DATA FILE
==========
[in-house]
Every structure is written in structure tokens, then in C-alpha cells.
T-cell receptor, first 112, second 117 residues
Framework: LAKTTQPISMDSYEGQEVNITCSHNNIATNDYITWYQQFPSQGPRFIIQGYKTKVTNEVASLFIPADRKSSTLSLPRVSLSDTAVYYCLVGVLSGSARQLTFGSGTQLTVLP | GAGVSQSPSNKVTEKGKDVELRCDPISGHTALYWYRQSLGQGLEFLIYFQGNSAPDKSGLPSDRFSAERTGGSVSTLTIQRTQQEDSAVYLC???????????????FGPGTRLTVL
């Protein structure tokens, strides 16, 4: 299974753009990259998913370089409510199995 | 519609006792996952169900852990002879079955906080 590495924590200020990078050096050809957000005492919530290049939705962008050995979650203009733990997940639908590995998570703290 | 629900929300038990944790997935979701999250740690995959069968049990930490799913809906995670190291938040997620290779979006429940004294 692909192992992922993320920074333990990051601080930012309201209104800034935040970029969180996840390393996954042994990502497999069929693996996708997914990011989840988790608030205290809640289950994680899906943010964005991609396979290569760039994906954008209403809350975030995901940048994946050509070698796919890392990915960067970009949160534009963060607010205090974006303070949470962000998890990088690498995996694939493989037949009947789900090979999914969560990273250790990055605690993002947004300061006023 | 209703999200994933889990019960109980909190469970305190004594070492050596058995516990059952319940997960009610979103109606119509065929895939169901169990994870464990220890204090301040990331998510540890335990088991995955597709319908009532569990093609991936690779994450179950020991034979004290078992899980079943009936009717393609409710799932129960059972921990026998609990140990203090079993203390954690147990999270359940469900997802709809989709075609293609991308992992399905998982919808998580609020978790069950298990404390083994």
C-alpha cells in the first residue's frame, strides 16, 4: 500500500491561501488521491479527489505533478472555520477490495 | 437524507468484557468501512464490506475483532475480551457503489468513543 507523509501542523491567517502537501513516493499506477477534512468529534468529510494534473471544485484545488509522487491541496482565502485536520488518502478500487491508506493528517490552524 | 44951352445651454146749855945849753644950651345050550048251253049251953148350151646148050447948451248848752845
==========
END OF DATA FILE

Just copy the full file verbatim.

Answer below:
[in-house]
Every structure is written in structure tokens, then in C-alpha cells.
T-cell receptor, first 112, second 117 residues
Framework: LAKTTQPISMDSYEGQEVNITCSHNNIATNDYITWYQQFPSQGPRFIIQGYKTKVTNEVASLFIPADRKSSTLSLPRVSLSDTAVYYCLVGVLSGSARQLTFGSGTQLTVLP | GAGVSQSPSNKVTEKGKDVELRCDPISGHTALYWYRQSLGQGLEFLIYFQGNSAPDKSGLPSDRFSAERTGGSVSTLTIQRTQQEDSAVYLC???????????????FGPGTRLTVL
């Protein structure tokens, strides 16, 4: 299974753009990259998913370089409510199995 | 519609006792996952169900852990002879079955906080 590495924590200020990078050096050809957000005492919530290049939705962008050995979650203009733990997940639908590995998570703290 | 629900929300038990944790997935979701999250740690995959069968049990930490799913809906995670190291938040997620290779979006429940004294 692909192992992922993320920074333990990051601080930012309201209104800034935040970029969180996840390393996954042994990502497999069929693996996708997914990011989840988790608030205290809640289950994680899906943010964005991609396979290569760039994906954008209403809350975030995901940048994946050509070698796919890392990915960067970009949160534009963060607010205090974006303070949470962000998890990088690498995996694939493989037949009947789900090979999914969560990273250790990055605690993002947004300061006023 | 209703999200994933889990019960109980909190469970305190004594070492050596058995516990059952319940997960009610979103109606119509065929895939169901169990994870464990220890204090301040990331998510540890335990088991995955597709319908009532569990093609991936690779994450179950020991034979004290078992899980079943009936009717393609409710799932129960059972921990026998609990140990203090079993203390954690147990999270359940469900997802709809989709075609293609991308992992399905998982919808998580609020978790069950298990404390083994």
C-alpha cells in the first residue's frame, strides 16, 4: 500500500491561501488521491479527489505533478472555520477490495 | 437524507468484557468501512464490506475483532475480551457503489468513543 507523509501542523491567517502537501513516493499506477477534512468529534468529510494534473471544485484545488509522487491541496482565502485536520488518502478500487491508506493528517490552524 | 44951352445651454146749855945849753644950651345050550048251253049251953148350151646148050447948451248848752845